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Can never get the right shoe size? 3D printed shoes could be the answer

March 6, 2014 • News

Is one of your feet bigger than the other? Your problem with shoes that never fit could be resolved soon.

Image: Free Digital Photos user vorakorn

Image: Free Digital Photos user vorakorn

San Diego start-up Feetz is developing a way to offer their customers customised footwear through 3D printing.

“We started this company because we were tired of having to try on 10 pairs of shoes to find 1 good fit,” said Feetz on their website.

“You might be the same, and if you have ‘problem’ feet then it just gets worse with a lot of time and money needed to get a good fitting pair of shoes.”

According to a report on CNBC, the plan of Feetz is to have customers take pictures of their feet from three different angles. The images would be sent to Feetz which would then enter the images into specialised software that would allow a shoe for each foot to be printed. Customers can expect their printed shoes in seven days.

“We combined our expertise in technology, science, and engineering to create our SizeMe imaging process….so you get a perfect fit shoe for each foot. Then we utilize new materials and 3D manufacturing processes to make that pair of SizeMe shoes.”

Feetz CEO and co-founder Lucy Beard said shoemaking is perfect for 3D printing technology because it allows for extreme customization.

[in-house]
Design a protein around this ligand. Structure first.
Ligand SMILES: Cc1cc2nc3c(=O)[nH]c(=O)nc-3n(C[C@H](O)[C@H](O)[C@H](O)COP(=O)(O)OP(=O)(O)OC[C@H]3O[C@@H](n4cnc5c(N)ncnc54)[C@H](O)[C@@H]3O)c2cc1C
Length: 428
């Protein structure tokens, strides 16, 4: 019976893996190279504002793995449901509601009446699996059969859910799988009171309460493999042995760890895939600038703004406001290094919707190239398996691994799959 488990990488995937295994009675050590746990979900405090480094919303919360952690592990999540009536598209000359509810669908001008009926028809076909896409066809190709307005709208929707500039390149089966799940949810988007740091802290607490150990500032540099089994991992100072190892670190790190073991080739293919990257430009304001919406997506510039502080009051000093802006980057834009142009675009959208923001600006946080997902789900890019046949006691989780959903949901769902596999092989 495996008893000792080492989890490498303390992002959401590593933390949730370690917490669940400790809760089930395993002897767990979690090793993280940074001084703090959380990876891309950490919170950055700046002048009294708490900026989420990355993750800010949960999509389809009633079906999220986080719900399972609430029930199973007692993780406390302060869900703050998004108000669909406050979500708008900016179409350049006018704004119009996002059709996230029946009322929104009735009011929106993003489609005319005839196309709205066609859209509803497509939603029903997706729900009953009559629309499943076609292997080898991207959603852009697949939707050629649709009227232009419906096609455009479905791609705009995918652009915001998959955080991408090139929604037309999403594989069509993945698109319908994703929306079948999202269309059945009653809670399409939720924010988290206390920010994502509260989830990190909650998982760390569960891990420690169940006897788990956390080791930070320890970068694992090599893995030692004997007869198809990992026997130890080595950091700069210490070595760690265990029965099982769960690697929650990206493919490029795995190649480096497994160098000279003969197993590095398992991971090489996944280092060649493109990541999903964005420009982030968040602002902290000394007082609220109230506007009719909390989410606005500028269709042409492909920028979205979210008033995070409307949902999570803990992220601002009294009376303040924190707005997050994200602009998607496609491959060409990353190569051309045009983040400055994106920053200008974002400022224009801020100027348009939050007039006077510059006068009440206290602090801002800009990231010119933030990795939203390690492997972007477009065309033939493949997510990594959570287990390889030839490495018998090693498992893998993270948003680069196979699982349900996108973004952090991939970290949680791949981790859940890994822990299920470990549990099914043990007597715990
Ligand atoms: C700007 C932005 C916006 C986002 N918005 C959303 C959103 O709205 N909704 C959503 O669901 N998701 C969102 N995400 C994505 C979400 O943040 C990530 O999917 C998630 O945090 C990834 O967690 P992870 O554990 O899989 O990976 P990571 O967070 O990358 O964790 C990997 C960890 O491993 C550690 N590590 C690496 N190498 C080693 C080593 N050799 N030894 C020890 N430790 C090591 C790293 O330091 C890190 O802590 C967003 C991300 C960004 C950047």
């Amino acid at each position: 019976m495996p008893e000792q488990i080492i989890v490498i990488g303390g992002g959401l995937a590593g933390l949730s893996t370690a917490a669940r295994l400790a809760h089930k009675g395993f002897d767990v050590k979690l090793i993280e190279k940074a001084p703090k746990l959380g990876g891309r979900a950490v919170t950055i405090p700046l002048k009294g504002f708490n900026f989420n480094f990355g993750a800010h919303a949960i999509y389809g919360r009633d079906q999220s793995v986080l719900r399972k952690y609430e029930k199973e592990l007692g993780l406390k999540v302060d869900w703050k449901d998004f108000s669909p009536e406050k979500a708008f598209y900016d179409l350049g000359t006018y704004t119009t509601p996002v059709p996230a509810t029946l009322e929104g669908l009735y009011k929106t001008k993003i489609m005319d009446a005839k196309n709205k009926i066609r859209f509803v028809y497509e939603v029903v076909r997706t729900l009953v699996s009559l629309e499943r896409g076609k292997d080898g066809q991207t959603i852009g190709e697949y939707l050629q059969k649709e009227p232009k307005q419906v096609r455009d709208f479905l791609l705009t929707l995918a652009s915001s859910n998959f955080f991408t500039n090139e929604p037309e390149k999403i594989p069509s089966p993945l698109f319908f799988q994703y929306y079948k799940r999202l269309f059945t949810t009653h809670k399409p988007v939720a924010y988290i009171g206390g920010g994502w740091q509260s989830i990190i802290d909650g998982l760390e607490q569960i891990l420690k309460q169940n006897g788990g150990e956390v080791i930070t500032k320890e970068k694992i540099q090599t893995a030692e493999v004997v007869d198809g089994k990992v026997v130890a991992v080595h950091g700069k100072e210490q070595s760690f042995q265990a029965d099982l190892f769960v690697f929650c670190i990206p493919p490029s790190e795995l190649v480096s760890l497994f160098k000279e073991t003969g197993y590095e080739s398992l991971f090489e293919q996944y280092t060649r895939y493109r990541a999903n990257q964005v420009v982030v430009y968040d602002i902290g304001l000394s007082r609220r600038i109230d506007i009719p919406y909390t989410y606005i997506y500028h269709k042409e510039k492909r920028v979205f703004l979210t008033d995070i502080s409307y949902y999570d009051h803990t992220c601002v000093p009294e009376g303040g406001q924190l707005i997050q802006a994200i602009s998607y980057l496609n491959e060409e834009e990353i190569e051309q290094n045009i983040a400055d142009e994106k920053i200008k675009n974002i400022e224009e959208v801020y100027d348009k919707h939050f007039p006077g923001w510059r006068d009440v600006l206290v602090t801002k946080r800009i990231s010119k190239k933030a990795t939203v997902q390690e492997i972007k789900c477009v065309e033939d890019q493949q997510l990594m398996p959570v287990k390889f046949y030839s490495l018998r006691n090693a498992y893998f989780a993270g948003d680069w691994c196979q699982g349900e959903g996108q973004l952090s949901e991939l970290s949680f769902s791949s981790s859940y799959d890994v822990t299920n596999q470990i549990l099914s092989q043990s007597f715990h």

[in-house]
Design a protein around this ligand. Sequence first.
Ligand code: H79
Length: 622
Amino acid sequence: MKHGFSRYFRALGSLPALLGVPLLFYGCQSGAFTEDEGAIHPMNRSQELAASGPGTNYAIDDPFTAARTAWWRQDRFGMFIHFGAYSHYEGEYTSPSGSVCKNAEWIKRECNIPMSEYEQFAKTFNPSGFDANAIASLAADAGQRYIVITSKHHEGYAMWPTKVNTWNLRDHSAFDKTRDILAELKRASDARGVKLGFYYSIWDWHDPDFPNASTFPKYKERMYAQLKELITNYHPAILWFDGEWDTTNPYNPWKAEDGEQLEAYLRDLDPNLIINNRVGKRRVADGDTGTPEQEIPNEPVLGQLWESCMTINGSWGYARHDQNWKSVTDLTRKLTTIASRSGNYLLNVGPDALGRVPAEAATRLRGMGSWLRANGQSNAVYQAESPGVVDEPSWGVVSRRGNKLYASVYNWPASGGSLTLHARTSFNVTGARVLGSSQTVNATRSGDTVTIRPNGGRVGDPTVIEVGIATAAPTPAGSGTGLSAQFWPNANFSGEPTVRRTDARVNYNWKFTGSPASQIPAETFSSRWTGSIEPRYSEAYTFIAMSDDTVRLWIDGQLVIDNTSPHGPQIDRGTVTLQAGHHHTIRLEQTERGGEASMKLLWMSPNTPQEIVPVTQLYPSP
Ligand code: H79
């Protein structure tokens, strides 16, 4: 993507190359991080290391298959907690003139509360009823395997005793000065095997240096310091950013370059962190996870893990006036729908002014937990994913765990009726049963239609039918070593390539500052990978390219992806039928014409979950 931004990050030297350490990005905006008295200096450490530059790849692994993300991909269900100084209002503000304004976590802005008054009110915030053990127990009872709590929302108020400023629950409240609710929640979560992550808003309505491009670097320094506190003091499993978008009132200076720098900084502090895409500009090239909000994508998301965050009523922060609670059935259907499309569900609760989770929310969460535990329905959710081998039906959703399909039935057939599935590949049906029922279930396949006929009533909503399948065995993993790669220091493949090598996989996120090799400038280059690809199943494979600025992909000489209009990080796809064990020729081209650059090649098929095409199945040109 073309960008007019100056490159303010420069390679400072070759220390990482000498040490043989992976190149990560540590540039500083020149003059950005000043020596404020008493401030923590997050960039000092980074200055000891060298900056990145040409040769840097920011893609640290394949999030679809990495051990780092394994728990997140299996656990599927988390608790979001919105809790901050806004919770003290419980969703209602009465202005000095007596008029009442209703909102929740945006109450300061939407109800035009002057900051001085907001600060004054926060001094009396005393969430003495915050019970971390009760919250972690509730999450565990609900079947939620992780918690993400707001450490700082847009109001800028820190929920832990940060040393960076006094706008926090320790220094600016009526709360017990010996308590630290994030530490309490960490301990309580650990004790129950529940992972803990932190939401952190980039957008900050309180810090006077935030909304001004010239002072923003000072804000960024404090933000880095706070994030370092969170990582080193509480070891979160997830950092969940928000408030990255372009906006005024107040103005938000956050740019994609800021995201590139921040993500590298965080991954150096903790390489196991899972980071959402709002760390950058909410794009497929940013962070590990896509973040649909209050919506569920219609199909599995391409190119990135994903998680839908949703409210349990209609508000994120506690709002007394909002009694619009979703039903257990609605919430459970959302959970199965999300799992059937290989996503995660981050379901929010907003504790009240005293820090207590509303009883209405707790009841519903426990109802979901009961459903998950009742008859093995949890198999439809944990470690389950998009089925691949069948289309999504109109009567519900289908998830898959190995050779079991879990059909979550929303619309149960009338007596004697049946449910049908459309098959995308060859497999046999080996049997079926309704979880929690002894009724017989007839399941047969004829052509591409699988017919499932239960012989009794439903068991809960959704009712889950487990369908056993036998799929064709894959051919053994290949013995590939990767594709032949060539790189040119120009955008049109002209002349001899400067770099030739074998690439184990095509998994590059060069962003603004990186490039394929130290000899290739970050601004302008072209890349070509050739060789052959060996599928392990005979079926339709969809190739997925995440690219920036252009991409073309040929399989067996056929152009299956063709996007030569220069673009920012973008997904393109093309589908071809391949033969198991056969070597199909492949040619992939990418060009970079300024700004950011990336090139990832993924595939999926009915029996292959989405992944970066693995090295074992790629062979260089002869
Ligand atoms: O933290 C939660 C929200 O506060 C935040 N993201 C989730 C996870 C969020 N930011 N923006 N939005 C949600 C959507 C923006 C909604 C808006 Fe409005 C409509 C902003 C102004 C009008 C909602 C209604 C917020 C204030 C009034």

“So many people have problems because one foot is bigger than the other or the shoes just don’t fit right,” Ms Beard said at the Inside 3-D Printing Conference in New York.

“But if you print a shoe just for that foot, it’s going to be so comfortable, you’re not going to want to take it off.”

Mr Beard hopes to address the problem of people suffering from orthopedic problems  who constantly have to deal with pain.

“I want to solve that need and that pain for those people,” she said. “Three-D-printing shoes for them is really a simple solution that could solve a lot of their problems.”

She also believes 3D printing of shoes boosts manufacturing in countries which have moved their production offshore.

“It is great for the manufacturing industry – especially for 1st world countries to revitalize an industry long sent over to cheaper labor countries abroad,” Ms Beard told Australian Manufacturing.

She said there is already a lot of progress in the industry, but it’s still at its early stages. Nike has started using a 3-D system to create the cleat for its Flyknit shoes which was introduced early last year.

“There are more materials to print with, but we’re still limited,” she said.

Beard expects Feetz to begin taking orders by year-end.

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